W. Braunfels, Lieder, M. Petersen, K. Jarnot, E. Schneider
(released on February 12, 2016)
Capriccio C5251 | 55'40"
In the 1930s, Walter Braunfels (1882-1954) ran afoul of the Nazi party in his native Germany. His music was condemned as “degenerate” because his father was Jewish, even though the composer was raised a Protestant and later converted to Catholicism. After World War II, Braunfels returned to his teaching post at the Hochschule für Musik in Cologne, but the moment for his largely tonal style of music had come and gone. Since his opera “Die Vögel,” based on Aristophanes’s “The Birds,” was revived in the 1990s, his music has enjoyed a rebirth, helped by the advocacy of his grandson Stephan Braunfels, a prominent architect in Germany. Conductors James Conlon, of the Los Angeles Opera, and Manfred Honeck, of the Pittsburgh Symphony Orchestra, are among his champions.[Continue reading]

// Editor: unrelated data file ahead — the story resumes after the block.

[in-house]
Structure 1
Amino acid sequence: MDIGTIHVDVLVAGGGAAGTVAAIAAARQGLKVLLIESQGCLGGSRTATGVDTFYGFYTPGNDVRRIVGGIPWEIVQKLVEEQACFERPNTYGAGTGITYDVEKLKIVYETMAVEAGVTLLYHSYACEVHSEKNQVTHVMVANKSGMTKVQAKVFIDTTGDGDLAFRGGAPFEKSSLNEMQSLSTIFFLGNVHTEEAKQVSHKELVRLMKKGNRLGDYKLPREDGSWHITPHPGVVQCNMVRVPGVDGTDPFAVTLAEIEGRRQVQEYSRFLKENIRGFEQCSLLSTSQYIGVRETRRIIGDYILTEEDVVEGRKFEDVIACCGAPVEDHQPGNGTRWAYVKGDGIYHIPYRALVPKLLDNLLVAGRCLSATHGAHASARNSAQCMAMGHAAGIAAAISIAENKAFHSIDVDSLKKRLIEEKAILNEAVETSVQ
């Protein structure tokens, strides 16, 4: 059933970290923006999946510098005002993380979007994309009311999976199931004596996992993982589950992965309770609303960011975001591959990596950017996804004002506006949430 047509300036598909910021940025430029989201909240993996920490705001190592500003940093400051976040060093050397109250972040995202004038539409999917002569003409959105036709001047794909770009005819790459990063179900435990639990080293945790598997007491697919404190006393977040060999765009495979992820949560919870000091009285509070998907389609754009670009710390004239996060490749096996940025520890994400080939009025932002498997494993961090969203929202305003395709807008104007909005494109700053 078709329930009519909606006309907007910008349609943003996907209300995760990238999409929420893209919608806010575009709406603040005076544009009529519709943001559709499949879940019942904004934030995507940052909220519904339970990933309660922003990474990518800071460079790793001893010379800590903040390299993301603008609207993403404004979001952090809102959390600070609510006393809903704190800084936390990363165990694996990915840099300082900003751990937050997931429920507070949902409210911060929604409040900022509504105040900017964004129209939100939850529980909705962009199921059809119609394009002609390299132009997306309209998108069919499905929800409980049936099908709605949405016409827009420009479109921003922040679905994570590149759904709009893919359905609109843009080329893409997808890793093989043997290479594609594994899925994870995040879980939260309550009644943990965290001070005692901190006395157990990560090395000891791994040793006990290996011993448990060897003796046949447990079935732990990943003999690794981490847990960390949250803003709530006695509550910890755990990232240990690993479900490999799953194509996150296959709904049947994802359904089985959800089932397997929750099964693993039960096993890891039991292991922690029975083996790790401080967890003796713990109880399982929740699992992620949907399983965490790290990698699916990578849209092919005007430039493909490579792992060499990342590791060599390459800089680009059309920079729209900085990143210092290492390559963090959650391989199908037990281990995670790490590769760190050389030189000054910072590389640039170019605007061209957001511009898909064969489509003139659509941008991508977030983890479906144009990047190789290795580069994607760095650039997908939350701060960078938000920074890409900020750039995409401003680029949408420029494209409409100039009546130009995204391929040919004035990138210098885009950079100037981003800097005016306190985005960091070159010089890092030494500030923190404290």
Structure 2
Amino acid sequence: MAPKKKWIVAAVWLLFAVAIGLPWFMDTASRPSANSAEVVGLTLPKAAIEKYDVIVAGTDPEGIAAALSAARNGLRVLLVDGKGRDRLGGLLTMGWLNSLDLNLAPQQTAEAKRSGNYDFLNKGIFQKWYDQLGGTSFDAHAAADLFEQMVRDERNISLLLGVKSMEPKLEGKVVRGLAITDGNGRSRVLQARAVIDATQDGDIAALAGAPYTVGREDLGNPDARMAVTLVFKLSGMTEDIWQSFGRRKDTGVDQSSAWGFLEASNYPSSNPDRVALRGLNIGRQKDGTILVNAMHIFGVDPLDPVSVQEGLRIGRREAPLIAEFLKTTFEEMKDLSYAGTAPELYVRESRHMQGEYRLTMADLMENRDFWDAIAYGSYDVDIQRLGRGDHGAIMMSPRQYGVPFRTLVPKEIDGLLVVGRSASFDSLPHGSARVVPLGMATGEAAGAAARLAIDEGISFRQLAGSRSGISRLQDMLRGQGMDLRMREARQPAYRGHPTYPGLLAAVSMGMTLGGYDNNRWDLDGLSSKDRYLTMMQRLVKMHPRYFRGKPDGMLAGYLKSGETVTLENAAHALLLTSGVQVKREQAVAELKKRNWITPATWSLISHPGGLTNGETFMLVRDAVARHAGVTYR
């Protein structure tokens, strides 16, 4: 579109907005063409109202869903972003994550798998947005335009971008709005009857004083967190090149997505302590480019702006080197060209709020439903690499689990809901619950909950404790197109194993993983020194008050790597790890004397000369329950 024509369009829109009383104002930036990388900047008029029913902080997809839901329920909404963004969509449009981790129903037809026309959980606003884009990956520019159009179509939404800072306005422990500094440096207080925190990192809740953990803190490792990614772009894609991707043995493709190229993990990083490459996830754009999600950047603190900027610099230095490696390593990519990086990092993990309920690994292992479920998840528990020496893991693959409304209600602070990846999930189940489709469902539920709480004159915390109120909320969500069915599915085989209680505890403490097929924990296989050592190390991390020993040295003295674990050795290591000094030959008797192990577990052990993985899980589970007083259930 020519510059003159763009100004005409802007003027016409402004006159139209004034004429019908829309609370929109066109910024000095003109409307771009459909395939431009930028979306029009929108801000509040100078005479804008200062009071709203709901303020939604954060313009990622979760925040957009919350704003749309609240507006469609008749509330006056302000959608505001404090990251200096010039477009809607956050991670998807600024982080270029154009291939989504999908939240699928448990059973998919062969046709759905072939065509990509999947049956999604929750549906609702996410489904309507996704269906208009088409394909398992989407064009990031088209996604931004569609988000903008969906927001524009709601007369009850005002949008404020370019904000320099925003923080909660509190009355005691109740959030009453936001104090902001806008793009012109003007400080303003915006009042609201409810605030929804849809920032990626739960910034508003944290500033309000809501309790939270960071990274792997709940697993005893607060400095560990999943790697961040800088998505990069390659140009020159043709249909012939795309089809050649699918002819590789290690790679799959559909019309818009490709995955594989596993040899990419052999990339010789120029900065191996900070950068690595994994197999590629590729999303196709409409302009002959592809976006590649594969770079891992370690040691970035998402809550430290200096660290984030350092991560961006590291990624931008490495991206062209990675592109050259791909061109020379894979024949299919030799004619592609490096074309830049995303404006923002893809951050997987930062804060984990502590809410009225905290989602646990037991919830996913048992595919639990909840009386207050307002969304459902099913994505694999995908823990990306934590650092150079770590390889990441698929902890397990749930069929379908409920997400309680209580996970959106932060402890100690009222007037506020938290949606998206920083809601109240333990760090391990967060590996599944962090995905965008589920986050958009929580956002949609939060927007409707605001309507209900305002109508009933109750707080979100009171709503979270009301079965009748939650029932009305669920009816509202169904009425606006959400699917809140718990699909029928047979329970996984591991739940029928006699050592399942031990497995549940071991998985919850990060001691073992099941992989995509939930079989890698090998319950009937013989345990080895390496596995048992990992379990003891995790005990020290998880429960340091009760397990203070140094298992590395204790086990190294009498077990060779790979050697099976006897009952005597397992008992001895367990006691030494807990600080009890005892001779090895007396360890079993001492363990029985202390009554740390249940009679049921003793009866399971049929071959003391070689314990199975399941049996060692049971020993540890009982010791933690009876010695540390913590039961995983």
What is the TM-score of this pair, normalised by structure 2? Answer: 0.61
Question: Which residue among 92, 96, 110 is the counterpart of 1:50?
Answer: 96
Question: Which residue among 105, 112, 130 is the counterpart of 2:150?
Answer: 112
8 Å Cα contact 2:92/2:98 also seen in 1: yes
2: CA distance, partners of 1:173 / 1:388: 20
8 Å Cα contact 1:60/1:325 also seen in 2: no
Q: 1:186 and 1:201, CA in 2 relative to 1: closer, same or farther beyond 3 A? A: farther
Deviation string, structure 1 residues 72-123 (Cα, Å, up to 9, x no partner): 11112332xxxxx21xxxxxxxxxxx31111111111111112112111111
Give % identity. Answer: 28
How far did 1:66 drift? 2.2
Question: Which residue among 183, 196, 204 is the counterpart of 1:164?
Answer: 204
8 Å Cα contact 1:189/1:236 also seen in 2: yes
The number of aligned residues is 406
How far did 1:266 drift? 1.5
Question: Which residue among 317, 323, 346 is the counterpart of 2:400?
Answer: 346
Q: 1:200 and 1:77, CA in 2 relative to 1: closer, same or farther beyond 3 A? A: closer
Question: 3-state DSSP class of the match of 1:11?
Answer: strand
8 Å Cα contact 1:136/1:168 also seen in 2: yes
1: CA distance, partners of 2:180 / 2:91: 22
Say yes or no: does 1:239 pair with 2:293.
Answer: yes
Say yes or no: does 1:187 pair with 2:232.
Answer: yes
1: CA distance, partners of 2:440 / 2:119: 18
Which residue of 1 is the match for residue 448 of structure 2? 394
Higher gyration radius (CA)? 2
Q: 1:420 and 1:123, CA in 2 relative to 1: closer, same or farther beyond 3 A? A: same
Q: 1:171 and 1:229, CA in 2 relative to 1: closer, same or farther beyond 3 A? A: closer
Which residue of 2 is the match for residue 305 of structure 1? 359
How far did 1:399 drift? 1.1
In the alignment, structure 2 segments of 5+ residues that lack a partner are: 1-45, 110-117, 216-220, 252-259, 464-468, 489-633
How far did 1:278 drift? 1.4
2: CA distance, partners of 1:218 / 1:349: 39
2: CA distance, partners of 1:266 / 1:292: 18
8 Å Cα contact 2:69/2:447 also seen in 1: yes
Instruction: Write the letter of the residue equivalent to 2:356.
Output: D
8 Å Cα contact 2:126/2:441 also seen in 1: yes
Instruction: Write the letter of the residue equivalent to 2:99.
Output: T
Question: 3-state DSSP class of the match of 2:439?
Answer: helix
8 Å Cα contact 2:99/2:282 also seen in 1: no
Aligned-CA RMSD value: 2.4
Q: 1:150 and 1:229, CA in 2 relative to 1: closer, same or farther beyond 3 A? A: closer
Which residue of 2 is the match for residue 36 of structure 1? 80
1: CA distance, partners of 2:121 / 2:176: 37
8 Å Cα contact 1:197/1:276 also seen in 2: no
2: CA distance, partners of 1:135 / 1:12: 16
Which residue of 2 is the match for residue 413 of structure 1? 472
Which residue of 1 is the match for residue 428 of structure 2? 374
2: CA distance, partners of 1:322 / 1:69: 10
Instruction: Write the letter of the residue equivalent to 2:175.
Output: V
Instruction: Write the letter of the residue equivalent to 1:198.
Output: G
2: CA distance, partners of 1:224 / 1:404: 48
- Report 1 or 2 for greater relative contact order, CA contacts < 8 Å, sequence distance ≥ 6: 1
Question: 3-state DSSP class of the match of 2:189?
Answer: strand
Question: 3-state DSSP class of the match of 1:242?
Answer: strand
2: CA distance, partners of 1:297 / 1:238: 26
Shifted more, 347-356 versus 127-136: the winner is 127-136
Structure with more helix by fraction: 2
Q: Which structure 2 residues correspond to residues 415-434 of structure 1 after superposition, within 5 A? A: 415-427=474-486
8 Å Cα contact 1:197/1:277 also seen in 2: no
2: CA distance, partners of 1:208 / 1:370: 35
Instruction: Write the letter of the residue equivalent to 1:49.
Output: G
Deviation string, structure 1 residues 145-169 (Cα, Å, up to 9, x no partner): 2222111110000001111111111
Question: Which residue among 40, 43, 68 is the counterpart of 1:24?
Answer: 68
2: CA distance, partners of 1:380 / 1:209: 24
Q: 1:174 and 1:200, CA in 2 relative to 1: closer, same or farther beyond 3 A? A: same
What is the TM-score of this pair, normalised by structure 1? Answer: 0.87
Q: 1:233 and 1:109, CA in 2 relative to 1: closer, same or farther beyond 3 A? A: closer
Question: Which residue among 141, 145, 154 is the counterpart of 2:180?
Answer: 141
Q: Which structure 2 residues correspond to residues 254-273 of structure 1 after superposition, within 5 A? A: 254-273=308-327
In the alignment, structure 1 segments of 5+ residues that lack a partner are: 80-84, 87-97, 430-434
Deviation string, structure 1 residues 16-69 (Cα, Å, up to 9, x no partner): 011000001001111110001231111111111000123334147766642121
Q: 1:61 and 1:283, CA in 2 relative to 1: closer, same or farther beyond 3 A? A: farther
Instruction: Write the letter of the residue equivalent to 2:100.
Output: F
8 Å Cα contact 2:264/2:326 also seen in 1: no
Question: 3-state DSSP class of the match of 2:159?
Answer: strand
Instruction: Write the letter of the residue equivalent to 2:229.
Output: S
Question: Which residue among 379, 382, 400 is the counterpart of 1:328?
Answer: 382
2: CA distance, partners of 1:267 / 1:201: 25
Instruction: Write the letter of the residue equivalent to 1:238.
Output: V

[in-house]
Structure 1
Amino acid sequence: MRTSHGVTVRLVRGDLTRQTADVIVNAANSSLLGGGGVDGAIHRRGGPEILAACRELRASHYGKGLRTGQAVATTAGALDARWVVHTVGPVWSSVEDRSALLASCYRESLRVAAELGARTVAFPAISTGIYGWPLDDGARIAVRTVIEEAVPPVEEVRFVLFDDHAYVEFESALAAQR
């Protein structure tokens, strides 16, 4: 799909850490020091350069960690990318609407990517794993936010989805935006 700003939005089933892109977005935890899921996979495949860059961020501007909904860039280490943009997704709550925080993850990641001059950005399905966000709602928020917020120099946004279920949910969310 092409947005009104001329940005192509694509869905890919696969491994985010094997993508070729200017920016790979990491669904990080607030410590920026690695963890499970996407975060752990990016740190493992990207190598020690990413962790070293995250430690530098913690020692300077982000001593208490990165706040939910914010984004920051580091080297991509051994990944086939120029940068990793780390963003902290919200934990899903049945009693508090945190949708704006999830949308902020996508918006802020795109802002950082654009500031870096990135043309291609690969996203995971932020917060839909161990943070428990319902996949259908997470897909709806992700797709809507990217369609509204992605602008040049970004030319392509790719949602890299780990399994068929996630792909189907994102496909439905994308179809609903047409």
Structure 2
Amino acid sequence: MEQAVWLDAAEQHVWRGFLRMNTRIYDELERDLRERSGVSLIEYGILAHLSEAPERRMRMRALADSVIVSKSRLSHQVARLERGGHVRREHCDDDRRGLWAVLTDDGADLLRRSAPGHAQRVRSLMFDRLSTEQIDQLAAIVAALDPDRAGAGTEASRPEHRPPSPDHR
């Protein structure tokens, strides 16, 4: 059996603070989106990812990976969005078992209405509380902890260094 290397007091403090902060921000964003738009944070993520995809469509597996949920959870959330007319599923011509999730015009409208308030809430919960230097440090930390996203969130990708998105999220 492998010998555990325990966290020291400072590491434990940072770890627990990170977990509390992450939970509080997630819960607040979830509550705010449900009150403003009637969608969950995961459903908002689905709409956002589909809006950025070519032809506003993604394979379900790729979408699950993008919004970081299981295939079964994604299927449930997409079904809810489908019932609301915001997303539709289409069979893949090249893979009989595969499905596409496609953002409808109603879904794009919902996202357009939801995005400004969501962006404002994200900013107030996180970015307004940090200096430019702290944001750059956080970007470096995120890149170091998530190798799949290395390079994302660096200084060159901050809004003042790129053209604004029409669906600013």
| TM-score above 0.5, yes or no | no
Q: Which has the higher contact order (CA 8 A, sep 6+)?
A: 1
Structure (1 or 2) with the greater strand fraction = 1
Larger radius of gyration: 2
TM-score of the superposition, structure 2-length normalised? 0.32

In addition to his operas, string quartets and symphonic music, there is now a recording of some of Braunfels’s songs, all composed before he was condemned by the Nazis, released earlier this year by Capriccio...